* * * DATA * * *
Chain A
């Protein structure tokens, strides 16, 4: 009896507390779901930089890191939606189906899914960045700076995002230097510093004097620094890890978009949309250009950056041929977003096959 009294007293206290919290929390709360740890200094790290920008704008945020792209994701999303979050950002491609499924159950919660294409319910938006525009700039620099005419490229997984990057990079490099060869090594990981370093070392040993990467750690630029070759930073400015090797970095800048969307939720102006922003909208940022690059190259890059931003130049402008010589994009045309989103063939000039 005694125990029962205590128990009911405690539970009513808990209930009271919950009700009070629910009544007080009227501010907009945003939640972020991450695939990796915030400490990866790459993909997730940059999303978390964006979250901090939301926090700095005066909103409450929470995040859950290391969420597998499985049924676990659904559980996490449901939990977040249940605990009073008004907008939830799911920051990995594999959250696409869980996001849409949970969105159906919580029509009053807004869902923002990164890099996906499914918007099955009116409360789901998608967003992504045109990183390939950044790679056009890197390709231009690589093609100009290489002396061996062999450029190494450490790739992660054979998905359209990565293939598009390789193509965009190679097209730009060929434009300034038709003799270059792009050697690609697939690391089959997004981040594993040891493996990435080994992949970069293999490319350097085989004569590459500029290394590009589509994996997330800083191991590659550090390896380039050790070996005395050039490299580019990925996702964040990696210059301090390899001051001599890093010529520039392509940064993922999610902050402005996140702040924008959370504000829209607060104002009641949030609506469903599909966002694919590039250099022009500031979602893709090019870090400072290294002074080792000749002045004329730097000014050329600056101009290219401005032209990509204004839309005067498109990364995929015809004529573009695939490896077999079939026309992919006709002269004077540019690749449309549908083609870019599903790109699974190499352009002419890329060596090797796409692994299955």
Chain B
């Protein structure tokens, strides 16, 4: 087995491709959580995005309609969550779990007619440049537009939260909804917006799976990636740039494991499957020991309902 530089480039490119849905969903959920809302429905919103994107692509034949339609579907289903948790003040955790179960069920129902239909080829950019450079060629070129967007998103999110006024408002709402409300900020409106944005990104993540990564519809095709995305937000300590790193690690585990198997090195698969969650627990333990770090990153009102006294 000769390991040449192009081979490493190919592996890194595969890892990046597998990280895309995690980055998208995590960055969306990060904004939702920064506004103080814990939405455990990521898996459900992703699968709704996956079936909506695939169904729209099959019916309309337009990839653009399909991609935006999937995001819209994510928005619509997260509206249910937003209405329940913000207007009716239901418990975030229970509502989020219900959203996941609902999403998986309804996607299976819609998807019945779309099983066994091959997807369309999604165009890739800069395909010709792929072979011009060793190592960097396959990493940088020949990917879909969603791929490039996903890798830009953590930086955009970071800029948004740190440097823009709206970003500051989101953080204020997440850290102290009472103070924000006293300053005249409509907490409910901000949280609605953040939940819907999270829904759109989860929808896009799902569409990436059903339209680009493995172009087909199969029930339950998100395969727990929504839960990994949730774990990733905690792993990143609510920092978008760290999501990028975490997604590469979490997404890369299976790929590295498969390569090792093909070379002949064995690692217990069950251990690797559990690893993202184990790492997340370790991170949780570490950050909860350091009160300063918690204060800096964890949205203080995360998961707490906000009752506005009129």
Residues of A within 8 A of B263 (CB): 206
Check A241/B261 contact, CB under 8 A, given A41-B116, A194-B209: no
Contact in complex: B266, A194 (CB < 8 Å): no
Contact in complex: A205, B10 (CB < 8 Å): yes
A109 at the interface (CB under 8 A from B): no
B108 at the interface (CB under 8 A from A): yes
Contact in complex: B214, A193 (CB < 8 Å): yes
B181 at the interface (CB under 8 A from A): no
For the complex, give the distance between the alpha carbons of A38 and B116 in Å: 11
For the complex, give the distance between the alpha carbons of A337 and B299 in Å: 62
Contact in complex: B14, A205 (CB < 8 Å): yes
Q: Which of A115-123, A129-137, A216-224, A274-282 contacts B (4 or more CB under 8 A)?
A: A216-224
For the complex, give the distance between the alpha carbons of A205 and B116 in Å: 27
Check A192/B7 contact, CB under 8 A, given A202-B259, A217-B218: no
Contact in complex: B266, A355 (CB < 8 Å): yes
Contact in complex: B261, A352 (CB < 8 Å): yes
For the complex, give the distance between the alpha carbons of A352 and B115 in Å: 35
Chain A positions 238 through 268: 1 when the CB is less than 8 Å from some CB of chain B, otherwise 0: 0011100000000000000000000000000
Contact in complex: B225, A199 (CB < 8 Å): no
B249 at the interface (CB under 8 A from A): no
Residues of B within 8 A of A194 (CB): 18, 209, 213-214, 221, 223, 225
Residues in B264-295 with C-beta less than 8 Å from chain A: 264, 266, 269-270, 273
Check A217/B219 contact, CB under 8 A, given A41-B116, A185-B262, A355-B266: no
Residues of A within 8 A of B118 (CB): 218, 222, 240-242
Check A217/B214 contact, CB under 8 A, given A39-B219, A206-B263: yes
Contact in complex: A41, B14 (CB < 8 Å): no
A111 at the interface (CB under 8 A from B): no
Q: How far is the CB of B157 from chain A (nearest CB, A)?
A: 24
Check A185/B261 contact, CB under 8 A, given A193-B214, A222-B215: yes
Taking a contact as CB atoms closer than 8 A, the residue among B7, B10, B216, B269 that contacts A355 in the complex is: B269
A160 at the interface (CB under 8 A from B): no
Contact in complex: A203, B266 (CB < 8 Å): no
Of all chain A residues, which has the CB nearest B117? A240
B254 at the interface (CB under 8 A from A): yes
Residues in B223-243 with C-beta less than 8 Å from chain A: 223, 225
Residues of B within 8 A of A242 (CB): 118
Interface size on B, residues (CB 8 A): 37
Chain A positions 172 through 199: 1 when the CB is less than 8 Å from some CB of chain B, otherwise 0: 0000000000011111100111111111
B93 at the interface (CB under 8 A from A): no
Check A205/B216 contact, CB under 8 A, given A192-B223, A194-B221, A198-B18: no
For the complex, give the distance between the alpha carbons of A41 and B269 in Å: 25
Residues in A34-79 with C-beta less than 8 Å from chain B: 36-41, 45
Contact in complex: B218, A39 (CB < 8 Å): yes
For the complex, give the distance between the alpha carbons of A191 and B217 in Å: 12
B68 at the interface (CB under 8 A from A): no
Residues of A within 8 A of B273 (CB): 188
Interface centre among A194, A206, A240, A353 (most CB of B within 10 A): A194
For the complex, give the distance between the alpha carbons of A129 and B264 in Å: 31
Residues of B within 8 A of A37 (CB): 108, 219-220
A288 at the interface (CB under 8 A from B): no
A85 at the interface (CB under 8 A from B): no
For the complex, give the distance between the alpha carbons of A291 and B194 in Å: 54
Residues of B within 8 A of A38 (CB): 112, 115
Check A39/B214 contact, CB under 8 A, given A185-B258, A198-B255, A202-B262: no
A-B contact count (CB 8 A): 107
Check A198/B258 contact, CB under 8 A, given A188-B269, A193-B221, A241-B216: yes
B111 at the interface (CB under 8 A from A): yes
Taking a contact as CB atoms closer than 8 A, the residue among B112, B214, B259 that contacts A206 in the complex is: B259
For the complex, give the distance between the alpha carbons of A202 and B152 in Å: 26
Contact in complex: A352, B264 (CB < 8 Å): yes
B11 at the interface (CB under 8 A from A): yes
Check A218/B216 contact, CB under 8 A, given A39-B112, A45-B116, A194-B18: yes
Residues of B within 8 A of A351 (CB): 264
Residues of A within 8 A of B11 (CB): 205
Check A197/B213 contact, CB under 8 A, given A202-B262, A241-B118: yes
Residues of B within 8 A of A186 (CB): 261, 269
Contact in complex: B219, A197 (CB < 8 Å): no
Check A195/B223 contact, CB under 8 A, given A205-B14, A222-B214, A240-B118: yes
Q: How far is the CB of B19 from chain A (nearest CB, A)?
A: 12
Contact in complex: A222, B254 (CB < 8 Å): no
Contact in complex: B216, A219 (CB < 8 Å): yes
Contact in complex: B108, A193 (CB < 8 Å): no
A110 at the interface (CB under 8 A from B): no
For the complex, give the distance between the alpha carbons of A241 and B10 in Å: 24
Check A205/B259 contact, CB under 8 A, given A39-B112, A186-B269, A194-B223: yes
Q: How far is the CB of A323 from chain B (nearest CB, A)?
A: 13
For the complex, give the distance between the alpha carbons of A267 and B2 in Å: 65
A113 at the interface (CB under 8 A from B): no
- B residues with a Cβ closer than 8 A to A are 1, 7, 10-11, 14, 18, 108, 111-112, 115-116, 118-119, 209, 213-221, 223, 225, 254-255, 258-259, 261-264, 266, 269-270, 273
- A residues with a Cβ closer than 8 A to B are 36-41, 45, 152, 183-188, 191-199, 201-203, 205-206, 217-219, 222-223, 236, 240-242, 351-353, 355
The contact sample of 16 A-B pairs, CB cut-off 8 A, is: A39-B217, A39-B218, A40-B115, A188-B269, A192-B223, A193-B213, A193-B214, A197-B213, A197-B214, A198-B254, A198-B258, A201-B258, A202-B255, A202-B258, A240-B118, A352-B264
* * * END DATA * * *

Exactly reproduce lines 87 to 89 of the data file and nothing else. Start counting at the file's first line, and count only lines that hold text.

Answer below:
- B residues with a Cβ closer than 8 A to A are 1, 7, 10-11, 14, 18, 108, 111-112, 115-116, 118-119, 209, 213-221, 223, 225, 254-255, 258-259, 261-264, 266, 269-270, 273
- A residues with a Cβ closer than 8 A to B are 36-41, 45, 152, 183-188, 191-199, 201-203, 205-206, 217-219, 222-223, 236, 240-242, 351-353, 355
The contact sample of 16 A-B pairs, CB cut-off 8 A, is: A39-B217, A39-B218, A40-B115, A188-B269, A192-B223, A193-B213, A193-B214, A197-B213, A197-B214, A198-B254, A198-B258, A201-B258, A202-B255, A202-B258, A240-B118, A352-B264